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Rapid redox signal transmission by "Cable Bacteria" beneath a photosynthetic biofilm
Malkin, S.Y.; Meysman, F.J.R. (2015). Rapid redox signal transmission by "Cable Bacteria" beneath a photosynthetic biofilm. Appl. Environ. Microbiol. 81(3): 948-956. dx.doi.org/10.1128/AEM.02682-14
In: Applied and Environmental Microbiology. American Society for Microbiology: Washington. ISSN 0099-2240, more
Peer reviewed article  

Available in  Authors 
  • NIOZ: NIOZ files 268073
  • VLIZ: Open Repository 268684 [ OMA ]

Keyword
    Marine

Authors  Top 
  • Malkin, S.Y., more
  • Meysman, F.J.R., more

Abstract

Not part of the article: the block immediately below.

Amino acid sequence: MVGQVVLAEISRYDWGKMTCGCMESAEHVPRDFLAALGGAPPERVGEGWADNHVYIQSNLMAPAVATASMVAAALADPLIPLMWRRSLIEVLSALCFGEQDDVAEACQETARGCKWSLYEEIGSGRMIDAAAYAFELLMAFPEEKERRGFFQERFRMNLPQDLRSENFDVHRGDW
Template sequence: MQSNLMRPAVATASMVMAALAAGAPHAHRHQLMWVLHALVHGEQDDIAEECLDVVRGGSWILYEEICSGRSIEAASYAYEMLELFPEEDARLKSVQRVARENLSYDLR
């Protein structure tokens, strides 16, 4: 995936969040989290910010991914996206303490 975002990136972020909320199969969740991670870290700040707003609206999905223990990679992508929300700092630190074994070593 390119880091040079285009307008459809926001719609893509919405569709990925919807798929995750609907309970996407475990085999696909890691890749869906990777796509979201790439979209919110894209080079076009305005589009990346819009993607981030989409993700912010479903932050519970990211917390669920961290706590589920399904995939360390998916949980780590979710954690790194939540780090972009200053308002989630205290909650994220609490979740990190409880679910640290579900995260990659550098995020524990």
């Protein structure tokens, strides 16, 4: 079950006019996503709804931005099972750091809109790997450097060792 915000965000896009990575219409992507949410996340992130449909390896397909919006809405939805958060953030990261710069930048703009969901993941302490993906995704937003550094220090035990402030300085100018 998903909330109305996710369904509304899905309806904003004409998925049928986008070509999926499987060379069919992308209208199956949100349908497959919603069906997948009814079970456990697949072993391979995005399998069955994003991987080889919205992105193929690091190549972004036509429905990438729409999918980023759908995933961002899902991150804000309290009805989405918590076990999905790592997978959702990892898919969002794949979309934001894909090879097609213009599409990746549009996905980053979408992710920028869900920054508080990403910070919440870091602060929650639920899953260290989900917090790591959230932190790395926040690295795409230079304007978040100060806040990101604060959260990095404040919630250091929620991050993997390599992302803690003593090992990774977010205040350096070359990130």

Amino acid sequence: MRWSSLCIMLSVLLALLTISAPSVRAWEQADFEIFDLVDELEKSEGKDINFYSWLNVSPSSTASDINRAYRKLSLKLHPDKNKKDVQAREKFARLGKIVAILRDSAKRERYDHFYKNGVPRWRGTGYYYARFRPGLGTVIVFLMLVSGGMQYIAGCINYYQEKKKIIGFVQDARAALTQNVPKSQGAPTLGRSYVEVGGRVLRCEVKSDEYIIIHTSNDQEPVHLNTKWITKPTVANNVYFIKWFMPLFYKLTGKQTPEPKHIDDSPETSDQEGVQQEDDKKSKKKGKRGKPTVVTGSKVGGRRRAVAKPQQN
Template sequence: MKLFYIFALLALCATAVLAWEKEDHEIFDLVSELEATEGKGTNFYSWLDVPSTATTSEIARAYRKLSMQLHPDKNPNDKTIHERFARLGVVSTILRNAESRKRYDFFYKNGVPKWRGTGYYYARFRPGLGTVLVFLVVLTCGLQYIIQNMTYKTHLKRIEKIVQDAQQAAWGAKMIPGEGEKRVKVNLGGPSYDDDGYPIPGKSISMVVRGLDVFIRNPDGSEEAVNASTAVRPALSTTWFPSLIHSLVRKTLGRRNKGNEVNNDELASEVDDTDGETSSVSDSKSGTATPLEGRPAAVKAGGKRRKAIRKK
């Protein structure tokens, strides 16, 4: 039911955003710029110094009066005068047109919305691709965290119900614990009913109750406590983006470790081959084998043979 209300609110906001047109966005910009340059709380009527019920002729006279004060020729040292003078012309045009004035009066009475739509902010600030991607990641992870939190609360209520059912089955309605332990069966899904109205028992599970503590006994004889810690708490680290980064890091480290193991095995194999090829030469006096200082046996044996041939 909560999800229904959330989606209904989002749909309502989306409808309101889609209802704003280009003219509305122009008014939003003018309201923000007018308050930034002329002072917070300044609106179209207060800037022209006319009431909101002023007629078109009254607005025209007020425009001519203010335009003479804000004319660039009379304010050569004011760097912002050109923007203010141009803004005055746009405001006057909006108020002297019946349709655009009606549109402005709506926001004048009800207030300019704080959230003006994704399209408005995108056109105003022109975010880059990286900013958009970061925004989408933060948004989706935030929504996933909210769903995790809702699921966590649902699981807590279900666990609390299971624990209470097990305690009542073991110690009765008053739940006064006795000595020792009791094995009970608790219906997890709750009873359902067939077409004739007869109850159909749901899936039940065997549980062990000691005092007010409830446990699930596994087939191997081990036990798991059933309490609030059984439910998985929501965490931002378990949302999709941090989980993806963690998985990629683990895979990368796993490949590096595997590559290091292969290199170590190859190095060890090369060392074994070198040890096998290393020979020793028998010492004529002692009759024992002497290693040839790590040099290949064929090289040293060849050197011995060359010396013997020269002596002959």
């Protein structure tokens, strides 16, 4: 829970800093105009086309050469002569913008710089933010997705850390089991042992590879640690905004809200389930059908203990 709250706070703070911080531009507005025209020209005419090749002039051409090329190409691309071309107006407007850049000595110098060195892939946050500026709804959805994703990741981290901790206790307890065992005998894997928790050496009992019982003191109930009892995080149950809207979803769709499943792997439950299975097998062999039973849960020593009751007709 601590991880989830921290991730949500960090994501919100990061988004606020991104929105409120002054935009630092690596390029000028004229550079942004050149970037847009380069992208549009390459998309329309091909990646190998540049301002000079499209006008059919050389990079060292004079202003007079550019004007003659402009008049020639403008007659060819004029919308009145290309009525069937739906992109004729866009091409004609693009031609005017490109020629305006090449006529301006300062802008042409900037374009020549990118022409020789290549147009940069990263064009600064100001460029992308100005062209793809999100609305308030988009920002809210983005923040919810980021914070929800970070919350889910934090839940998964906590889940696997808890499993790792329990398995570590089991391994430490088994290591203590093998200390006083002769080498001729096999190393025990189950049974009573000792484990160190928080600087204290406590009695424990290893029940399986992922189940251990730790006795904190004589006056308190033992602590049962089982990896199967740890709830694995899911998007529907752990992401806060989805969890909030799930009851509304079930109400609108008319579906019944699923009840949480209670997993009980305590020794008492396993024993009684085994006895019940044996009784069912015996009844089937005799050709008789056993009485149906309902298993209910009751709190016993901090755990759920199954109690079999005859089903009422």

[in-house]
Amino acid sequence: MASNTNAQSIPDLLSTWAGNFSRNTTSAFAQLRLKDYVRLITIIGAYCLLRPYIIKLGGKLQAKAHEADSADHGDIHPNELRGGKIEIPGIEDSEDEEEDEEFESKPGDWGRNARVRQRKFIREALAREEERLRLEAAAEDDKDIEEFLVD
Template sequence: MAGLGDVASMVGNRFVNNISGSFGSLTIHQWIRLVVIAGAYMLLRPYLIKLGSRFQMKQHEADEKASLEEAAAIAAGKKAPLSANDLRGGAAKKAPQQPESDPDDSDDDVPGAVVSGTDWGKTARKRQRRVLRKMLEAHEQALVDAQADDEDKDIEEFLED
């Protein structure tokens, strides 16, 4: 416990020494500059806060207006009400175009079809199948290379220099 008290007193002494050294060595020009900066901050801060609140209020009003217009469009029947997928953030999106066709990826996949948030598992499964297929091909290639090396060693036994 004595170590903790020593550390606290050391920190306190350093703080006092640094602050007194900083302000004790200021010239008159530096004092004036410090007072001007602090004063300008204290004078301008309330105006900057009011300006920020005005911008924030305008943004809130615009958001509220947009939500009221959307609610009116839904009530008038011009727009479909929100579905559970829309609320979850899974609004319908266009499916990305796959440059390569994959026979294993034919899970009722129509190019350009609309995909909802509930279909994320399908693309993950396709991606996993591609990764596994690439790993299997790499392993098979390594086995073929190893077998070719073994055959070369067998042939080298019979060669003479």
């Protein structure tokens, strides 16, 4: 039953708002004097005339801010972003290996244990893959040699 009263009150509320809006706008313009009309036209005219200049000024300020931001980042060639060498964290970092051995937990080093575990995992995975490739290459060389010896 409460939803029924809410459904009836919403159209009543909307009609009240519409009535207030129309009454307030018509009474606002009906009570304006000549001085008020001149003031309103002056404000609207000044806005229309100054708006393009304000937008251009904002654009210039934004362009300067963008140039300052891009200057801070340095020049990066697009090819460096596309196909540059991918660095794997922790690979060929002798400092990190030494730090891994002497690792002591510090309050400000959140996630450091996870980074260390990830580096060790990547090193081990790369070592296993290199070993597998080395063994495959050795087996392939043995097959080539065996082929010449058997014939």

Recently, long filamentous bacteria, belonging to the family Desulfobulbaceae, were shown to induce electrical currents over long distances in the surface layer of marine sediments. These “cable bacteria” are capable of harvesting electrons from free sulfide in deeper sediment horizons and transferring these electrons along their longitudinal axes to oxygen present near the sediment-water interface. In the present work, we investigated the relationship between cable bacteria and a photosynthetic algal biofilm. In a first experiment, we investigated sediment that hosted both cable bacteria and a photosynthetic biofilm and tested the effect of an imposed diel light-dark cycle by continuously monitoring sulfide at depth. Changes in photosynthesis at the sediment surface had an immediate and repeatable effect on sulfide concentrations at depth, indicating that cable bacteria can rapidly transmit a geochemical effect to centimeters of depth in response to changing conditions at the sediment surface. We also observed a secondary response of the free sulfide at depth manifest on the time scale of hours, suggesting that cable bacteria adjust to a moving oxygen front with a regulatory or a behavioral response, such as motility. Finally, we show that on the time scale of days, the presence of an oxygenic biofilm results in a deeper and more acidic suboxic zone, indicating that a greater oxygen supply can enable cable bacteria to harvest a greater quantity of electrons from marine sediments. Rapid acclimation strategies and highly efficient electron harvesting are likely key advantages of cable bacteria, enabling their success in high sulfide generating coastal sediments.

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